When touched, almost every part of these plants has the potential to result in contact dermatitis, a severe, agonizing, and painful skin irritation. Urushiol can cling to items that have come into contact with the plants, such as clothing, shoes, tools, dirt, or animals, and subsequently poison an unwary victim. This is even more horrible. After hiking through places where these plants are present, take care to remove your clothing so that the outside does not come into contact with your skin. Wash your clothing as soon as possible. Even though the rash may last for one to three weeks, it usually does not require medical attention. The tips of the leaves and young stems of this herbaceous plant are covered in stinging hairs that contain formic acid and other irritants. When touched, these needle-like hairs inject stinging acid into the skin, causing a burning, tingling, and itchy rash. Fortunately, the signs and symptoms rarely persist for more than a day. Interesting to note is that the cooked plant can be eaten safely and is regularly eaten as a vegetable. Contact with sunlight can cause phytophotodermatitis, a condition where the skin develops painful blisters. Blindness may occur if the sap enters the eyes. It’s best to avoid most tall, carrot-shaped plants with white flower clusters since they resemble hogweeds and the deadly poisonous water hemlocks (Cicuta species).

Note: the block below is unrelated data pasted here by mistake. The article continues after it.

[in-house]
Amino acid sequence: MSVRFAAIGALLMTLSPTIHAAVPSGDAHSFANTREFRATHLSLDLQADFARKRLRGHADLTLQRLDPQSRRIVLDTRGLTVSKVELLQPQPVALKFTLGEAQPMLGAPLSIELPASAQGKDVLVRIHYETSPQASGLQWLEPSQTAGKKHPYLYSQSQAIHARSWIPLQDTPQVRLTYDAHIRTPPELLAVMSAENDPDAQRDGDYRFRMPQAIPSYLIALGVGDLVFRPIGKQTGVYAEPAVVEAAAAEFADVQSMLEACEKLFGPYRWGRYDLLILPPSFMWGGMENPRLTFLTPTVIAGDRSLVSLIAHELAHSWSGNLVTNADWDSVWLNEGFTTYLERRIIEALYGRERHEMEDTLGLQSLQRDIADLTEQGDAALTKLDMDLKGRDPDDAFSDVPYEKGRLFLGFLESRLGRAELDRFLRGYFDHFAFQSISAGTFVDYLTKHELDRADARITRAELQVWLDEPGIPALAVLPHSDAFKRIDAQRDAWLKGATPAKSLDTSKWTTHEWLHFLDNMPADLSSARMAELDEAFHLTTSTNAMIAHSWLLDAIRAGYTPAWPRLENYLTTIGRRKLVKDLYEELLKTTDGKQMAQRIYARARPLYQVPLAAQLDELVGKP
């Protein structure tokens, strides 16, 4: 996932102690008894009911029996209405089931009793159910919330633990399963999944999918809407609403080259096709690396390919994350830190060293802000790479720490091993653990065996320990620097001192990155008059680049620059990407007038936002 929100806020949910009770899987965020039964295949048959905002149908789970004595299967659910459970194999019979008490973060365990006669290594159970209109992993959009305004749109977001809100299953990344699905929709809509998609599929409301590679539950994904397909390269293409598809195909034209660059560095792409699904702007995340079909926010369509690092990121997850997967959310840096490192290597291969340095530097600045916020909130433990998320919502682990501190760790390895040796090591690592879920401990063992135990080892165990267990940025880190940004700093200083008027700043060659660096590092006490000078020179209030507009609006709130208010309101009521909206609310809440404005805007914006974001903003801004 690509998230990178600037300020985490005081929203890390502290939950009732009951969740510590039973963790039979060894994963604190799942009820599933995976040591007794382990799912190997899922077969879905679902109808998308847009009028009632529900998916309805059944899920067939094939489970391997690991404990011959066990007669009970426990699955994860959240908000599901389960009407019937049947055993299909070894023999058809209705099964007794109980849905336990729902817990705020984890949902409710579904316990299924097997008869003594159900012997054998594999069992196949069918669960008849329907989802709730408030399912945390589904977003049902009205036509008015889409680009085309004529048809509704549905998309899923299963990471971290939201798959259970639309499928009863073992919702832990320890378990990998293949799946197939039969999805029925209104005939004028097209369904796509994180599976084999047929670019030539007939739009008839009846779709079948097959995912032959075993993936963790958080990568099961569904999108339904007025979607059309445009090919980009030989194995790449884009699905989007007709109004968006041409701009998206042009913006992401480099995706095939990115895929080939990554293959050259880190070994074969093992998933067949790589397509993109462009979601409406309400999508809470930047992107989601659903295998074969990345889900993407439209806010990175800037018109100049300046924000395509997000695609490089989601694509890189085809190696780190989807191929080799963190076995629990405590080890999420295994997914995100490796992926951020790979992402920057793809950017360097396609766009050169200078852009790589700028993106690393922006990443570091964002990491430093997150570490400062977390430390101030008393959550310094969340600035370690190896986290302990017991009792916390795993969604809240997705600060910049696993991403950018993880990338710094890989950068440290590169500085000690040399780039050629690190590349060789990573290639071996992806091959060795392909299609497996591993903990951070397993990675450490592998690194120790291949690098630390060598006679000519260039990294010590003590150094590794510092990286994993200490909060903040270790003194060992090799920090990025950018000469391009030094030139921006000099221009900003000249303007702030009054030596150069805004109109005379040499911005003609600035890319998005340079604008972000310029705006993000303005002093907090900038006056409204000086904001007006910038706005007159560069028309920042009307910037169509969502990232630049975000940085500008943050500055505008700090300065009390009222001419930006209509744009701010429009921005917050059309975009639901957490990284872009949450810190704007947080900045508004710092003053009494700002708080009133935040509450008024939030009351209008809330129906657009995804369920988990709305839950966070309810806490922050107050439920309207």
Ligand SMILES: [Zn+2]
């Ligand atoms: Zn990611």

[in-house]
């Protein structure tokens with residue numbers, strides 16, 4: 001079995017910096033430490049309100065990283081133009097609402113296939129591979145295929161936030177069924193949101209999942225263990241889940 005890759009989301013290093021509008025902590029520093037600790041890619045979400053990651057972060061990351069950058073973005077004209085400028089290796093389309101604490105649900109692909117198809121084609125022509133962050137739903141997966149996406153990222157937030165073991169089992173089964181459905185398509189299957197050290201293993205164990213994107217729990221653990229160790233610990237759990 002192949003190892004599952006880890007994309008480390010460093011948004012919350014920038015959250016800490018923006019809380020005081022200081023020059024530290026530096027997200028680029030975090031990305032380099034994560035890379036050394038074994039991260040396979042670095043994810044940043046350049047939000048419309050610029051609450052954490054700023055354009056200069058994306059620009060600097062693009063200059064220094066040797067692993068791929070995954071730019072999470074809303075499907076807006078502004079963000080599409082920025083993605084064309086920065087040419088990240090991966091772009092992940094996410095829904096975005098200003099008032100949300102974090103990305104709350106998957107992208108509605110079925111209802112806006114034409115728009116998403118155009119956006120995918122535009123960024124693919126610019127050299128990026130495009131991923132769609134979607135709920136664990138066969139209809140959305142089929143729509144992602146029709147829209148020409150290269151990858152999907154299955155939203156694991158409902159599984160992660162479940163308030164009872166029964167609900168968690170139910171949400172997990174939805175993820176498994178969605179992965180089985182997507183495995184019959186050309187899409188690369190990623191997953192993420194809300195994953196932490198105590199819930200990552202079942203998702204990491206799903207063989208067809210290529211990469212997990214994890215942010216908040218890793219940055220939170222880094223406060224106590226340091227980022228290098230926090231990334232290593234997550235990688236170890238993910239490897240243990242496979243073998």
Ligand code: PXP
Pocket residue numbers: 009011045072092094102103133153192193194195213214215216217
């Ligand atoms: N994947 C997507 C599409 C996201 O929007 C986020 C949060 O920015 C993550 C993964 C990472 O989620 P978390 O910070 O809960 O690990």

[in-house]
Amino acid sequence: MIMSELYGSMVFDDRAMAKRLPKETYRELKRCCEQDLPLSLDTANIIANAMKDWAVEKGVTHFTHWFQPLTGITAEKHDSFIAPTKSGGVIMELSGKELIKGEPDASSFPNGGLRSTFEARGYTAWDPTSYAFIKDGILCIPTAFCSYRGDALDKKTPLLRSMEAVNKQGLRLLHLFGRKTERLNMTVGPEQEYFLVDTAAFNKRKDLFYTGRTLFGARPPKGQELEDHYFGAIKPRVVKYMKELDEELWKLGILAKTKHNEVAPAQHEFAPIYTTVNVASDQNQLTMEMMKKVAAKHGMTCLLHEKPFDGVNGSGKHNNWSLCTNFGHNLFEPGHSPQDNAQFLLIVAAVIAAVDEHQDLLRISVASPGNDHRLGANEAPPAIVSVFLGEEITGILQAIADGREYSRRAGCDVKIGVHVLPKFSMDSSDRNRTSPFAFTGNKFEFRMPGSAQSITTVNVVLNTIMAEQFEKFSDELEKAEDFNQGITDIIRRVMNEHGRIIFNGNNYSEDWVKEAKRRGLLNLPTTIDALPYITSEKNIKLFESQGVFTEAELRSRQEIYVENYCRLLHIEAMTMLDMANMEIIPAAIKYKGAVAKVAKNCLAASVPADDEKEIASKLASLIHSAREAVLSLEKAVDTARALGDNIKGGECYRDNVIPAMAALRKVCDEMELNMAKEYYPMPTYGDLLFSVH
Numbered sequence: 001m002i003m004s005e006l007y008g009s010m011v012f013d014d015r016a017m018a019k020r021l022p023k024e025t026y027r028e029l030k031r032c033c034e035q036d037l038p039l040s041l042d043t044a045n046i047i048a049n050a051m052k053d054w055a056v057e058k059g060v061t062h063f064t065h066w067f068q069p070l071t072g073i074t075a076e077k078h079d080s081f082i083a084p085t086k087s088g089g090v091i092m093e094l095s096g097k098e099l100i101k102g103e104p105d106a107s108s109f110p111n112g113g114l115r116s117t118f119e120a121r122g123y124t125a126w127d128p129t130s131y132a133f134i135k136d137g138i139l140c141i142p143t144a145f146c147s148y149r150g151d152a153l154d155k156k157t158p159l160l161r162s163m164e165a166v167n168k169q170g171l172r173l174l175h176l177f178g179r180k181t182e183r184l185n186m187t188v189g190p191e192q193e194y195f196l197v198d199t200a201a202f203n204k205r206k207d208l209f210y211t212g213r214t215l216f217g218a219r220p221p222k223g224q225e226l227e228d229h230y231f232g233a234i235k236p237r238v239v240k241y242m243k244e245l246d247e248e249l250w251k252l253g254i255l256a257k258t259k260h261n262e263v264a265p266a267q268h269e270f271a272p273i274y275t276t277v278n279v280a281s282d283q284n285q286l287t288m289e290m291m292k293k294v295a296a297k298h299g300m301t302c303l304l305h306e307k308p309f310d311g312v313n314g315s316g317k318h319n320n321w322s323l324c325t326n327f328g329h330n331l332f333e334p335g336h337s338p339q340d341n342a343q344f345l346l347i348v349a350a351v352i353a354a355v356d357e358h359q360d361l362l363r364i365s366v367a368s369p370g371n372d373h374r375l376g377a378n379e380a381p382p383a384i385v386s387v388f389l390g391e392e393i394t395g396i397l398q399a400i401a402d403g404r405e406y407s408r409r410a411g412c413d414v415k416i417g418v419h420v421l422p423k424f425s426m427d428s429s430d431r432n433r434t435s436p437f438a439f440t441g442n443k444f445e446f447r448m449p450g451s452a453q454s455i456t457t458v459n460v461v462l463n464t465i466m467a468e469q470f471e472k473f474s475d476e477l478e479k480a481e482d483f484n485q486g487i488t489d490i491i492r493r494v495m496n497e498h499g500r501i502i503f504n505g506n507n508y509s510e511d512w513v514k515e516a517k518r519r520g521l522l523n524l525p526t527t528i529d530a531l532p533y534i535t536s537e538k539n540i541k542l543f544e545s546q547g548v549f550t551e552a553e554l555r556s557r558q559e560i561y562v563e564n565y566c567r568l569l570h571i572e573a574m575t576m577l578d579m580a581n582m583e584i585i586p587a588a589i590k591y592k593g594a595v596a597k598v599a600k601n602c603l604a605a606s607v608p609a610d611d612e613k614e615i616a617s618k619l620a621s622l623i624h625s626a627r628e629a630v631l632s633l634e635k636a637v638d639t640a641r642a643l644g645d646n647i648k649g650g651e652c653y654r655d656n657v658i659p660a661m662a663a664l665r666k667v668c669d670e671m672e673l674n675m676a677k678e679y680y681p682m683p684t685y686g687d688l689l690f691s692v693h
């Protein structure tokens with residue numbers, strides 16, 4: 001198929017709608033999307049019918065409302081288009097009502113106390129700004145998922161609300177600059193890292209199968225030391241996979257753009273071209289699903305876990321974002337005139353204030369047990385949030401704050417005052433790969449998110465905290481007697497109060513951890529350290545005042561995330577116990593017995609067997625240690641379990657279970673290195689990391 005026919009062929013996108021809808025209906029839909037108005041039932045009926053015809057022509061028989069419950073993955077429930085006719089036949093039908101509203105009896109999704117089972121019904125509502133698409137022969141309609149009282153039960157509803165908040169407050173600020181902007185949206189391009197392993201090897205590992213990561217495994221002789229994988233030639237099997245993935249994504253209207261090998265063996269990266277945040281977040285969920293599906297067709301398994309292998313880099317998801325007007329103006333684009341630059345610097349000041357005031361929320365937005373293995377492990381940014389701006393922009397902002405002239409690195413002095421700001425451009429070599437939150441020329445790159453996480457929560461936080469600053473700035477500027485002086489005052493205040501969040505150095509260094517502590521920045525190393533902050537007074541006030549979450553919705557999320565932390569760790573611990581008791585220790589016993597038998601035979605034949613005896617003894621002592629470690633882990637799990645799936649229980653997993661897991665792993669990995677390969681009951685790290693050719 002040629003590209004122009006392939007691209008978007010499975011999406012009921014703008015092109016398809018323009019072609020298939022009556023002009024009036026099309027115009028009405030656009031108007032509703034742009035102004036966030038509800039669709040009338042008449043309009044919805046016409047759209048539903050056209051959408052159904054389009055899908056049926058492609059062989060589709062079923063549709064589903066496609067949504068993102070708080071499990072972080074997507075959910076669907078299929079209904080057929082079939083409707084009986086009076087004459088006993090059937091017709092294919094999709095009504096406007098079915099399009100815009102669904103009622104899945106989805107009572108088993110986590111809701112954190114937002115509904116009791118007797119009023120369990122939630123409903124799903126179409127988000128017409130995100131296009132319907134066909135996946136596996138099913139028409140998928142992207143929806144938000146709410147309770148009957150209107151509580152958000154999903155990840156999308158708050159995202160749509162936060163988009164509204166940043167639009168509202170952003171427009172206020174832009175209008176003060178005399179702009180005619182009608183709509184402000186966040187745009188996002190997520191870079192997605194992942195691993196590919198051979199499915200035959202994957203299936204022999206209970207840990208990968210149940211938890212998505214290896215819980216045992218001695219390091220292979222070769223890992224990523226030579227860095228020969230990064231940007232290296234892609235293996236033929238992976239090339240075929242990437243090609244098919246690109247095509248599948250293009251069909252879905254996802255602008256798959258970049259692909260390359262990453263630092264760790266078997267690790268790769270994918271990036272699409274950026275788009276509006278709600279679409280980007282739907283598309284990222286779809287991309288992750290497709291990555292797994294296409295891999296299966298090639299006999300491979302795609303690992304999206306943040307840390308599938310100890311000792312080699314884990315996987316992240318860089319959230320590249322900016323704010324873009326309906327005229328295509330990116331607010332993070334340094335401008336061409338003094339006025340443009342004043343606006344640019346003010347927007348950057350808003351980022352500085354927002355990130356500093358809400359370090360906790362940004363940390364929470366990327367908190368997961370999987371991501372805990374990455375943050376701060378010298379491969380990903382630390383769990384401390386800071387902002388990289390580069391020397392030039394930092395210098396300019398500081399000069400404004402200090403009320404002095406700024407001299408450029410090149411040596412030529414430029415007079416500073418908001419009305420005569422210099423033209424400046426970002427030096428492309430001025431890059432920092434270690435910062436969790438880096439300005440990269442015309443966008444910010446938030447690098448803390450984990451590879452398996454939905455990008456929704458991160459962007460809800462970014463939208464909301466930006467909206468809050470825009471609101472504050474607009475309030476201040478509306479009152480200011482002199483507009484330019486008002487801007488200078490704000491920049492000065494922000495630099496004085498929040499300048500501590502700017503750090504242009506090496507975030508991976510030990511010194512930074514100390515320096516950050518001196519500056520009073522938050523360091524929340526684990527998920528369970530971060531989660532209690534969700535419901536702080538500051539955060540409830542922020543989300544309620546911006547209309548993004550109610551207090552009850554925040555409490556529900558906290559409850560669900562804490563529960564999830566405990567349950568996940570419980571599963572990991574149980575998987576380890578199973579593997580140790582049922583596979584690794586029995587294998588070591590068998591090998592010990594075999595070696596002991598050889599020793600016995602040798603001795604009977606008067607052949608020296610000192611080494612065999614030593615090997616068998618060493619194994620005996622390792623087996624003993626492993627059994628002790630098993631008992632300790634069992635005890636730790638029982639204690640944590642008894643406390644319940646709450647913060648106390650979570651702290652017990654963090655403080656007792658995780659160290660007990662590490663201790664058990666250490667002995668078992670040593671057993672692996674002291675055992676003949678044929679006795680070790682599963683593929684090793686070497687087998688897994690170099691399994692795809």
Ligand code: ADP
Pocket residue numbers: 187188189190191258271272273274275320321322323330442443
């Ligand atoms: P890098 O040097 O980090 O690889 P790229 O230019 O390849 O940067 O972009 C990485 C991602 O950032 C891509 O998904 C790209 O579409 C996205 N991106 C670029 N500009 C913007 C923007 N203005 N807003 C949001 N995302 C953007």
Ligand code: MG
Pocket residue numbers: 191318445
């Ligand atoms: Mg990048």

May 26, 2023
March 8, 2023